Article published In:
The Mental Lexicon
Vol. 11:1 (2016) ► pp.125
References
Baayen, H., Piepenbrock, R., & Van Rijn, H
(1995) The CELEX lexical database (CD-ROM). Philadelphia, PA: University of Pennsylvania, Linguistic Data Consortium.Google Scholar
Chomsky, N
(1965) Aspects of the theory of syntax. Cambridge, MA: MIT Press.Google Scholar
Daelemans, W., & Van den Bosch, A
(2005) Memory-based language processing. Cambridge, MA: Cambridge University Press. DOI logoGoogle Scholar
Dijkhuizen, E
(2016) Het effect van homofoondominantie op het leesgedrag van lexical en sublexicale homofoonintrusies. (The effect of homophone dominance on the reading of lexical and sublexical homophone intrusions) Unpublished Master’s thesis, Antwerp University.Google Scholar
Ernestus, M., & Baayen, R.H.
(2004) Analogical effects in regular past tense production in Dutch. Linguistics, 42(5), 873–903. DOI logoGoogle Scholar
Ernestus, M., & Mak, W.M.
(2005) Analogical effects in reading Dutch verb forms. Memory and Cognition, 33(7), 1160–1173. DOI logoGoogle Scholar
Keuleers, E., Brysbaert, M., & New, B
(2010) SUBTLEX-NL: A new frequency measure for Dutch words based on film subtitles. Behavior Research Methods, 42(3), 643–650. DOI logoGoogle Scholar
Keuleers, E., Sandra, D., Daelemans, W., Gillis, S., Durieux, G., & Martens, E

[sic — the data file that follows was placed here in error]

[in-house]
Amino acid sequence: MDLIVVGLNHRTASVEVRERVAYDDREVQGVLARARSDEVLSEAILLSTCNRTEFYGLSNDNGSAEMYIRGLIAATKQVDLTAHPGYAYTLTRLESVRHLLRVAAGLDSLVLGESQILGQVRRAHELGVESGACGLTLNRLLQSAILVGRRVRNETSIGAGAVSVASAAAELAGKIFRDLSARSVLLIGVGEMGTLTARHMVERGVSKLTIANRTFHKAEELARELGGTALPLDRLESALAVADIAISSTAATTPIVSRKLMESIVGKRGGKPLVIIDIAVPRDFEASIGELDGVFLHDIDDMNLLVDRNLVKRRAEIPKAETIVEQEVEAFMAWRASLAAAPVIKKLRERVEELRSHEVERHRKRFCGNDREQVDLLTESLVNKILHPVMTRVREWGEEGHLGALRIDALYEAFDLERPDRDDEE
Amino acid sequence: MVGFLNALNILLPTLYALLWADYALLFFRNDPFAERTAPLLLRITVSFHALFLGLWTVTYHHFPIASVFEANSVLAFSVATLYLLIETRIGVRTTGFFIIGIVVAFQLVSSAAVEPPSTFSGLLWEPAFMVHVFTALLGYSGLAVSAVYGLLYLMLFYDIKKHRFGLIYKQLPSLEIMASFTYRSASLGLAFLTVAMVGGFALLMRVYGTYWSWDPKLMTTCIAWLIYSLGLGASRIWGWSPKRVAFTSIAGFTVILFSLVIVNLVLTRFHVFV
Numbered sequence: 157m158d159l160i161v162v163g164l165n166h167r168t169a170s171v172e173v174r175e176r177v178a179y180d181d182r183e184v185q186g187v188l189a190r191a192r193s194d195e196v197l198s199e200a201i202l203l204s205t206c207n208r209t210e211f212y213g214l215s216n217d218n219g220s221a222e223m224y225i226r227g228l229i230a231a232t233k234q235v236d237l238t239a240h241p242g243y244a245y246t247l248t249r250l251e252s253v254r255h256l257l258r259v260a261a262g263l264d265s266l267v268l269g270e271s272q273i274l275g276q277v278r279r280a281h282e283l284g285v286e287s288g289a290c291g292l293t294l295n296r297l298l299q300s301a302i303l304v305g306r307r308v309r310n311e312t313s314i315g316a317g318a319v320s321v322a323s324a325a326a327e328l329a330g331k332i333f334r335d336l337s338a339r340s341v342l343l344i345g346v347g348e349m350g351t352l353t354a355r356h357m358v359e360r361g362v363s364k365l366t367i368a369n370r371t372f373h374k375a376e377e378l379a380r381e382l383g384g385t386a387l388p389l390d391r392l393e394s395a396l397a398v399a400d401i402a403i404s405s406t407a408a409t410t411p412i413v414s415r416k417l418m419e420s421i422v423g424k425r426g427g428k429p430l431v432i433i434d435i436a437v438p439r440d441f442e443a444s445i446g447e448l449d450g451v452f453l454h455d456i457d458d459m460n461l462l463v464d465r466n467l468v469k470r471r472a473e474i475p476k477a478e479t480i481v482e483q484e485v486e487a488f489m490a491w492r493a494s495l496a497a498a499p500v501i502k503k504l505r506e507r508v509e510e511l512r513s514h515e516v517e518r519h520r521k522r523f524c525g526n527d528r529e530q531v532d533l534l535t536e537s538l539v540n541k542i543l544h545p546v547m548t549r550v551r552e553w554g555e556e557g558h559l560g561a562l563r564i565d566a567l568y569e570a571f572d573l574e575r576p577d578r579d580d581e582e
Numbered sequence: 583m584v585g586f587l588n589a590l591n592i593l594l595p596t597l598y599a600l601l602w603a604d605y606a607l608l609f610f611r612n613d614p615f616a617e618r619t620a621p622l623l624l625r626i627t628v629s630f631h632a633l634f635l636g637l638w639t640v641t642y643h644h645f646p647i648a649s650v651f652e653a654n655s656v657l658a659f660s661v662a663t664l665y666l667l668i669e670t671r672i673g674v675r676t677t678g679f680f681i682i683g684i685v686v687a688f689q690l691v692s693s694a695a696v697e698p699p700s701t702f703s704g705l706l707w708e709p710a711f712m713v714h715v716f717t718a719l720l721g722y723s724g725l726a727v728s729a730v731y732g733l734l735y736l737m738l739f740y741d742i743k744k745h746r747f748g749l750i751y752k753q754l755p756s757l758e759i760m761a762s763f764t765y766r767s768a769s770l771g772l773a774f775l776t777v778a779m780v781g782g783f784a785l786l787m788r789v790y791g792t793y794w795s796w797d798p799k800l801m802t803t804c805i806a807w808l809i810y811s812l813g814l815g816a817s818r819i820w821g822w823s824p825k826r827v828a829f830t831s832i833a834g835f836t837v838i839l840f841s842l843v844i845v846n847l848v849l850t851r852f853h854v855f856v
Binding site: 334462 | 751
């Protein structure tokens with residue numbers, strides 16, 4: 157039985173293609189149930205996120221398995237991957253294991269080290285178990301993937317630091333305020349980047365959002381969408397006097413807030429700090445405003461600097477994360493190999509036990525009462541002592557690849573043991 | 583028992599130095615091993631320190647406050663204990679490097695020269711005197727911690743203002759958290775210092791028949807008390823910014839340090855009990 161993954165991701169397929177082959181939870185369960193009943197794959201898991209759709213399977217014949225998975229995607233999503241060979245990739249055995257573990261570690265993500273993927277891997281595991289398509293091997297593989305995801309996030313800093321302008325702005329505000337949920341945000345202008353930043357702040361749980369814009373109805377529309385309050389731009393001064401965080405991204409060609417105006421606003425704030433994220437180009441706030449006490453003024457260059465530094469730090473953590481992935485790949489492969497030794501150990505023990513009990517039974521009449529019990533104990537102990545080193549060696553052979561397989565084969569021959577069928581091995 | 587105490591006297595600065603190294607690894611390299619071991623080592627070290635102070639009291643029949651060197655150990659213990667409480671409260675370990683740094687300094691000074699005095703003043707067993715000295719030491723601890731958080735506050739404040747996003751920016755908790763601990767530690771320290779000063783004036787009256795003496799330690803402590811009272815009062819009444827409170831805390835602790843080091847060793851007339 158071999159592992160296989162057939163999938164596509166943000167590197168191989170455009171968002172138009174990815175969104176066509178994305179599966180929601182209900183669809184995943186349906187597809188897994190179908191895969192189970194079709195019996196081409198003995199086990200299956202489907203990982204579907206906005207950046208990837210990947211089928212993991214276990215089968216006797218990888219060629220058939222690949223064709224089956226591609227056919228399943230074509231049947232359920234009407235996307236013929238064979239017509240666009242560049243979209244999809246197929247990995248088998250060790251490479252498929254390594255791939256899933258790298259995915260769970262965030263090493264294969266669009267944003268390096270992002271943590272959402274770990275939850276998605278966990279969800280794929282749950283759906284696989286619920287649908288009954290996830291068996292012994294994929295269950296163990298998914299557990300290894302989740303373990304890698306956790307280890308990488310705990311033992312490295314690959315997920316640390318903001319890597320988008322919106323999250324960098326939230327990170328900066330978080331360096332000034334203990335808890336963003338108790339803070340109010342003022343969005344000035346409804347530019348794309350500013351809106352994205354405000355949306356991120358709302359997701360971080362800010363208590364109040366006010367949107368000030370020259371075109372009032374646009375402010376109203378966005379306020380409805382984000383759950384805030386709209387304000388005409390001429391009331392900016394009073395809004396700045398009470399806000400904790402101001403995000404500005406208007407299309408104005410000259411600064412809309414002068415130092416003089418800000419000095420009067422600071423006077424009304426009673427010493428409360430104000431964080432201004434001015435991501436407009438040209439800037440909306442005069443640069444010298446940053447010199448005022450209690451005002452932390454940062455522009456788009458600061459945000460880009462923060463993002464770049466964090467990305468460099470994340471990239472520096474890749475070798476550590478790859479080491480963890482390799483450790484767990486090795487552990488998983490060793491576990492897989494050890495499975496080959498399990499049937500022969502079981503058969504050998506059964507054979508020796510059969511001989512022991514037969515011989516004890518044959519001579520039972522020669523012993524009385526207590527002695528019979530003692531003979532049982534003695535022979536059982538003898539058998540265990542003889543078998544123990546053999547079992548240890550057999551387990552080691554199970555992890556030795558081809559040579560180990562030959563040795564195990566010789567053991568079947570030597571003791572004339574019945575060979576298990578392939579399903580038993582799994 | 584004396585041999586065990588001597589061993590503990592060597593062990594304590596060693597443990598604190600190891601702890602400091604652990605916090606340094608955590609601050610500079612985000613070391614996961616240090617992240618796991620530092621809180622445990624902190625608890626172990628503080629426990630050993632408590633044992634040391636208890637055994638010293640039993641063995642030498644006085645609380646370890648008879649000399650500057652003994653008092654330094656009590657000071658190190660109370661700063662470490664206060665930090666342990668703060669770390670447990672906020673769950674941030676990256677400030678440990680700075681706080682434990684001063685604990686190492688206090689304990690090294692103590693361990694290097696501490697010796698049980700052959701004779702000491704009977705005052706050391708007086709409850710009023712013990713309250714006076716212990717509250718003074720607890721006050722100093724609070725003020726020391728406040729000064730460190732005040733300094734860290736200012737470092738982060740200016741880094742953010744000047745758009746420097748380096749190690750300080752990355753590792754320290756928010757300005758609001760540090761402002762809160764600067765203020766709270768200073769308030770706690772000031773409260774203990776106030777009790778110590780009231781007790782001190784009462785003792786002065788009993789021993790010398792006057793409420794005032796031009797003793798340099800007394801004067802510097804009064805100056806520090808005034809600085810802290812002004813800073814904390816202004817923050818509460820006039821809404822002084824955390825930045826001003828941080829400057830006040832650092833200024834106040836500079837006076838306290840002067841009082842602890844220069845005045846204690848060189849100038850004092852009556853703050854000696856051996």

(2007) Dutch plural inflection: The exception that proves the analogy. Cognitive Psychology, 54(4), 283–318. DOI logoGoogle Scholar
Krott, A., Baayen, R.H., & Schreuder, R
(2001) Analogy in morphology: Modeling the choice of linking morphemes in Dutch. Linguistics, 39(1), 51–93. DOI logoGoogle Scholar
Largy, P., Fayol, M., & Lemaire, P
(1996) The homophone effect in written French: The case of verb-noun inflection errors. Language and Cognitive Processes, 111, 217–255. DOI logoGoogle Scholar
Longtin, C.-M., Segui, J., & Hallé, P.A
(2003) Morphological priming without morphological relationship. Language and Cognitive Processes, 18(3), 313–334. DOI logoGoogle Scholar
McClelland, J.L., & Rumelhart, D.E
(1981) An interactive activation model of context effects in letter perception: Part 1. An account of basic findings. Psychological Review, 88(5), 375–407. DOI logoGoogle Scholar
McCormick, S.F., Brysbaert, M. & Rastle, K
(2009) Is morphological decomposition limited to low-frequency words? The Quarterly Journal of Experimental Psychology, 62(9), 1706–1715. DOI logoGoogle Scholar
Pinker, S
(1999) Words and rules: The ingredients of language. New York: Harper Perennial.Google Scholar